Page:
Hugh’s News & Views (Sinners In The Hands…)


Jonathan Edwards (1703 – 1758) was a Congregationalist preacher, revivalist, theologian, and philosopher. Though not a Puritan, he was influenced by the Puritans. He believed strongly in the sovereignty of God and stressed the beauty of God’s holiness. His most famous sermon was “Sinners in the Hands of An Angry God,” preached on July 8, 1741 in Enfield, Connecticut. (Edwards had earlier preached the sermon to his congregation in Northhampton, Massachusetts). In this sermon Edwards emphasized that God calls on men to repent of their sins, and if they fail to do so, they can expect God’s judgment of wrath. It is said that the sermon was so powerful and moving that people wept and cried out, “What must I do to escape God’s judgment?”

The anger and wrath of God are clearly a part of His divine nature. The Bible speaks directly and often of them. Yes, He is a God of love, grace, compassion, and tender mercy, but it is a mistaken and flawed view of God to discount His wrath. The apostle Paul urged the Roman saints to “behold the goodness and severity of God: on those who fell, severity; but toward you, goodness, if you continue in His goodness. Otherwise you also will be cut off” (Romans 11:22). The apostle minced no words when he said that “the wrath of God comes on the sons of disobedience” (Ephesians 5:6; Colossians 3:6). In dramatic fashion Paul warned that at His second coming Christ will be “revealed from heaven with His mighty angels, in flaming fire taking vengeance on those who do not know God, and on those who do not obey the gospel of our Lord Jesus Christ. These will be punished with everlasting destruction from the presence of the Lord and from the glory of His power” (II Thessalonians 1:7-9). The unrepentant will be cast into a lake of fire and brimstone where “they will be tormented day and night forever and ever” (Revelation 20:10, 15). Are preachers today preaching these truths about God? If not, why not?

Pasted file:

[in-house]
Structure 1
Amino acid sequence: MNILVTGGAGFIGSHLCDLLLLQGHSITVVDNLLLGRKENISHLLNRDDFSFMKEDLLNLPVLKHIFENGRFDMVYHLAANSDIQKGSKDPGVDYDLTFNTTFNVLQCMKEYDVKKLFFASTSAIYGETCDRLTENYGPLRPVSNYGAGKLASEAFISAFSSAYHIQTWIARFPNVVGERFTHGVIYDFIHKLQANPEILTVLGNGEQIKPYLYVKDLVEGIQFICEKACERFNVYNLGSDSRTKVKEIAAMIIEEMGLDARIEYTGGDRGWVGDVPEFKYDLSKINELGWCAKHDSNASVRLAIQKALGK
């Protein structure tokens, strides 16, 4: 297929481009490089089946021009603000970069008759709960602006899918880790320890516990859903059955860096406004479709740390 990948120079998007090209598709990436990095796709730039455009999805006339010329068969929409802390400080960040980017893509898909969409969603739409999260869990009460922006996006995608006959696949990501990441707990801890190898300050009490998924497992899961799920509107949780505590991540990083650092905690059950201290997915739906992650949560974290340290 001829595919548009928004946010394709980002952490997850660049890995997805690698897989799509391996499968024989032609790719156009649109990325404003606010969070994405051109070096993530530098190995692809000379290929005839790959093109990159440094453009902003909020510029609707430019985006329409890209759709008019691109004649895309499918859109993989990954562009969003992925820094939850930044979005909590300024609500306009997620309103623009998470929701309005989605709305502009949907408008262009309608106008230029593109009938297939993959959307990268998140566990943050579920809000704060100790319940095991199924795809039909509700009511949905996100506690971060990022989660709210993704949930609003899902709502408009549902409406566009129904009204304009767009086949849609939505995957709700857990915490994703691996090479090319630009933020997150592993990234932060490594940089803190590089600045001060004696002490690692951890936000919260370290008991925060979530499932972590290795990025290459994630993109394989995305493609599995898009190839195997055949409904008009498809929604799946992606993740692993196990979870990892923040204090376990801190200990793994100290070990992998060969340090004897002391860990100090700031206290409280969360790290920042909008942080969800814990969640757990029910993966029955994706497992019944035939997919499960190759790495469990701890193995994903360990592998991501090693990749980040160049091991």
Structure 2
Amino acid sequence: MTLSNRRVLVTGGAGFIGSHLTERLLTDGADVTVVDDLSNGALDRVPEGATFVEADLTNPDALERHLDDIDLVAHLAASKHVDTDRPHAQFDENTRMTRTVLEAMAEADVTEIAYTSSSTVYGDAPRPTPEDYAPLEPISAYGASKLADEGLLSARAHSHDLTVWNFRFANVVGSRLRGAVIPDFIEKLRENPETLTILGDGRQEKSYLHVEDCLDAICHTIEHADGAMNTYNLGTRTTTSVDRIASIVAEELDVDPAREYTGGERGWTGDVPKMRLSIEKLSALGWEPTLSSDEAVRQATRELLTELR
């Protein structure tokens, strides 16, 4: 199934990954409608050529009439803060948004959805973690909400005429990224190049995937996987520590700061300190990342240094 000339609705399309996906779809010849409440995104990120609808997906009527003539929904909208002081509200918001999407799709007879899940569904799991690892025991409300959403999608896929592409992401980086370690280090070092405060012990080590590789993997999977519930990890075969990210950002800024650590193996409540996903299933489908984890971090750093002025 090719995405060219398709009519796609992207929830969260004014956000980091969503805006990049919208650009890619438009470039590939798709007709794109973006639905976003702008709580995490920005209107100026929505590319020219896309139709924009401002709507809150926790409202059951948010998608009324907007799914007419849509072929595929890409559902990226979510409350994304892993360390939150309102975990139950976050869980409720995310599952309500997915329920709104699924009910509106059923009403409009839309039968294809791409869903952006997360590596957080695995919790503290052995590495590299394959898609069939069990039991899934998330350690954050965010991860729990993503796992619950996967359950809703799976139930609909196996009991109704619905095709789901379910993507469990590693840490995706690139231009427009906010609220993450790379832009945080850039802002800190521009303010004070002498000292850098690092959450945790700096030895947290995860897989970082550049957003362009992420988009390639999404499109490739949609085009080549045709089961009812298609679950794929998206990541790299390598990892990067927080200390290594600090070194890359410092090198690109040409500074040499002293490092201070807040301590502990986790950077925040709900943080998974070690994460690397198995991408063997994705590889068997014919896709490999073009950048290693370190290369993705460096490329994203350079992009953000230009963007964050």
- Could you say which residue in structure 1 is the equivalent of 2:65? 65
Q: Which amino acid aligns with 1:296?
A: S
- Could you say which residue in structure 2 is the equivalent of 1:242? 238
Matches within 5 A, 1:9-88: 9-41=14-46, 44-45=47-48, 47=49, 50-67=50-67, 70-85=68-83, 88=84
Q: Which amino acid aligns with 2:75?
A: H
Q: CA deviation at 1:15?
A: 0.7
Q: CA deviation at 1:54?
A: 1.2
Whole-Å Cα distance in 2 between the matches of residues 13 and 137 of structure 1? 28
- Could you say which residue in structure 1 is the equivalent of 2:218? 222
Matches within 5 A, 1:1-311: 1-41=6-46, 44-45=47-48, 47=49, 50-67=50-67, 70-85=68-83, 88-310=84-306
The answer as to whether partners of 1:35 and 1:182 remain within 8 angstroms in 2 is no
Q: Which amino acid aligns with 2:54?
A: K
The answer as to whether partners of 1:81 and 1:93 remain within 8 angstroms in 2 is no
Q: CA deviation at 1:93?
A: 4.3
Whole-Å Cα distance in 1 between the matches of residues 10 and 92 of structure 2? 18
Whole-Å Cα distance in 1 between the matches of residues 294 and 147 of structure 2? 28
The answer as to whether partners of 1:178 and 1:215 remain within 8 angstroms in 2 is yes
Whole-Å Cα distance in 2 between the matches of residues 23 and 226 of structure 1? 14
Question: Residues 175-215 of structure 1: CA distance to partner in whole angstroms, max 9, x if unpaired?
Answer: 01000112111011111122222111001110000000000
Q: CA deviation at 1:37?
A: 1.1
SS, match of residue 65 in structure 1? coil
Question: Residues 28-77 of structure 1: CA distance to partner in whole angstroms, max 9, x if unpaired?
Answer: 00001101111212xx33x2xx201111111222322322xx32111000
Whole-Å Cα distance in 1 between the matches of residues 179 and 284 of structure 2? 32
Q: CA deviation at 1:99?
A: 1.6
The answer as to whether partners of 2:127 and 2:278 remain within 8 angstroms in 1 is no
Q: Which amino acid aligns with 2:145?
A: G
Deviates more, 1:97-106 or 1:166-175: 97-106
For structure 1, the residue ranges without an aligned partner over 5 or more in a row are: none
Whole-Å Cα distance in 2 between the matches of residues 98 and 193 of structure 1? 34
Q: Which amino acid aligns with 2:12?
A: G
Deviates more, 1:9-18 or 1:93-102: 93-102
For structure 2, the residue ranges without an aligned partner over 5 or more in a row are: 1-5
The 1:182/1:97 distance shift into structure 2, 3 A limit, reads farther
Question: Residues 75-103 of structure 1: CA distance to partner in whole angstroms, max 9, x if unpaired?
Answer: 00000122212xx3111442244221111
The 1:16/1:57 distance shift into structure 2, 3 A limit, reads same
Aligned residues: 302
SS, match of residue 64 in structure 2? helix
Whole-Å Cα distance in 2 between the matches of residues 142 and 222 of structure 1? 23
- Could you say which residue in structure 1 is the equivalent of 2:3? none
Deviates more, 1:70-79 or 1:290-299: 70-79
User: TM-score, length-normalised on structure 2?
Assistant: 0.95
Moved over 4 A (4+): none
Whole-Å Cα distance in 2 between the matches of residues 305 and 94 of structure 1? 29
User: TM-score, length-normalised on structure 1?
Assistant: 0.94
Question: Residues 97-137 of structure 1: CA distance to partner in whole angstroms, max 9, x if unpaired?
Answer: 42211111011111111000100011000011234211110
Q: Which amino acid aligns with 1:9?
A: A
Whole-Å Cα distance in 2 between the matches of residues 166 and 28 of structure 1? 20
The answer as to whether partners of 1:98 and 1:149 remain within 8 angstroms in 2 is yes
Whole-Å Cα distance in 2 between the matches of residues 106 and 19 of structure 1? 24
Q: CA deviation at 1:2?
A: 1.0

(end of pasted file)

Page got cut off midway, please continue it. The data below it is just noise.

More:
The wrath and judgment of God have been evident throughout time. Peter points out that God “did not spare the ancient world…bringing in the flood on the world of the ungodly” (II Peter 2:5). He goes on to remind his readers of God “turning the cities of Sodom and Gomorrah into ashes, condemned them to destruction, making them an example to those who afterward would live ungodly” (II Peter 2:6). Earlier, the same apostle had reminded his readers that God did not even “spare the angels who sinned, but cast them down to hell and delivered them into chains of darkness, to be reserved for judgment” (II Peter 2:4). Do preachers need to be doing this kind of reminding to their hearers today? Fellow sojourner to eternity, when was the last time you heard a sermon on hell and the wrath of God? Preacher friend, when was the last time you preached on hell and the wrath of God? “Ear-tickling” preachers (II Timothy 4:3-4), those who want to emphasize only the positive and eliminate all the negative, those who want their hearers to always leave the services “feeling good about themselves” will not preach on hell and God’s wrath! These are not popular topics and people do not like to go to church and hear these matters discussed, but that is not the question. The question is, are they truths about God and eternity that need to be preached and fully absorbed by people today?

In preparing the people for the ministry of Christ John the Baptist urged the people to “bear fruit worthy of (showing) repentance” (Matthew 3:8). He spoke of Christ as one whose “winnowing fan is in His hand, and He will thoroughly purge His threshing floor, and gather His wheat into the barn; but he will burn up the chaff with unquenchable fire” (Matthew 3:12).